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dc.contributor.authorChavhunduka, Dexter M.
dc.coverage.spatialZimbabwe.en
dc.date.accessioned2016-06-08T14:52:04Z
dc.date.available2016-06-08T14:52:04Z
dc.date.issued1989
dc.identifier.citationChavhunduka, D.M. (1988) The Lutheran World Federation's Cattle Rehabilitation and Development Programme. In: Cousins, B. (ed.) People, land and livestock: proceedings of a workshop on the socio-economic dimensions of livestock production in the communal lands of Zimbabwe, held at Great Zimbabwe, Masvingo, 12th to 14th September, 1988, pp. 387-397. Harare: CASS.en
dc.identifier.urihttp://opendocs.ids.ac.uk/opendocs/handle/123456789/11654
dc.descriptionA conference paper on a church sponsored cattle rehabilitation and development programme in Zimbabwe's rural areas.en
dc.description.abstractAs a form of introduction I will give some very crude statistics relating to the Communal Lands in order to highlight salient features of the geographical and socioeconomic environment of our target groups. The communal farmers comprise approximately 800 000 households and own 3,5 million cattle and 2 million goats and a smaller number of sheep. Each household consists of 6-7 members. The total land surface area occupied by the communal farmers is some 16,3 million hectares, and constitutes nearly half the agricultural land of Zimbabwe. Theoretically this works out at 20,3 ha per household but the population densities vary widely between, for example, parts of Mashonaland and parts of Matabeleland.en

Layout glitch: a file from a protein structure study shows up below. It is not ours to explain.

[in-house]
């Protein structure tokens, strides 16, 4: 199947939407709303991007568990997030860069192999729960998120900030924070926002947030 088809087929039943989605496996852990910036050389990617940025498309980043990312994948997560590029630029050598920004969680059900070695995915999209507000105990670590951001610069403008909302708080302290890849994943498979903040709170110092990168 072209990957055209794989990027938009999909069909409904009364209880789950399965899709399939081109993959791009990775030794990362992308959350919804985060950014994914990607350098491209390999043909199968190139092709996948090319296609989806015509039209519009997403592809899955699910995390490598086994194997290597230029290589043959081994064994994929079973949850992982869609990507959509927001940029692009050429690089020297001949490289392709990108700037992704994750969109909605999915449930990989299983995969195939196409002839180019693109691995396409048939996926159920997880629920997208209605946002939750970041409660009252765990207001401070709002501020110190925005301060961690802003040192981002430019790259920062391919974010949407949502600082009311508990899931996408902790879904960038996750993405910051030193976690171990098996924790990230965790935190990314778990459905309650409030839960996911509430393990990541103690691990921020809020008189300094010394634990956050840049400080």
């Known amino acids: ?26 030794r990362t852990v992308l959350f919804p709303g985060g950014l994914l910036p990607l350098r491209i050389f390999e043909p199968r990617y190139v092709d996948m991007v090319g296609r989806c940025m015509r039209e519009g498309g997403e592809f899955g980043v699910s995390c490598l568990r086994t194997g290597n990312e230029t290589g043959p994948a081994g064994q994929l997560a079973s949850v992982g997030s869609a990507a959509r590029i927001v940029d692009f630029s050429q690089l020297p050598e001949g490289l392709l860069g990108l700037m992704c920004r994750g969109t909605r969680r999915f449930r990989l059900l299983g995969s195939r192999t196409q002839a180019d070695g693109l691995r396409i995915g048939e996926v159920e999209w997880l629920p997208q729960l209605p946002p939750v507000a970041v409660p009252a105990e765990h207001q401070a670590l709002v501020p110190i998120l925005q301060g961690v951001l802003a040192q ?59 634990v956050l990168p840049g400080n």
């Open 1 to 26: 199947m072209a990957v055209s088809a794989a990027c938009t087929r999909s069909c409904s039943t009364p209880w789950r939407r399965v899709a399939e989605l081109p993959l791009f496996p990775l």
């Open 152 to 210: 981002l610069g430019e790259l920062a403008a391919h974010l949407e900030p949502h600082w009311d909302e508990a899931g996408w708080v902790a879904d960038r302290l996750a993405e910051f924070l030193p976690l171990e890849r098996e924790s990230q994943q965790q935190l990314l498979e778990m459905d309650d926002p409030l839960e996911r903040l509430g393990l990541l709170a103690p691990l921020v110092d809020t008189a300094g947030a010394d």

dc.description.sponsorshipThis publication has been made possible as a result of generous financial support from the German Agency for Technical Cooperation (GTZ) and the International Development Research Centre (IDRC) of Ottawa.en
dc.language.isoenen
dc.publisherCentre for Applied Social Sciences (CASS) ; University of Zimbabwe (UZ)en
dc.rights.urihttp://creativecommons.org/licenses/by-nc-nd/3.0/en
dc.subjectAgricultureen
dc.subjectRural Developmenten
dc.titleThe Lutheran World Federation's Cattle Rehabilitation and Development Programmeen
dc.typeBook chapteren
dc.typeConference paperen
dc.rights.holderUiversity of Zimbabwe's Centre for Applied Social Sciences (CASS)en


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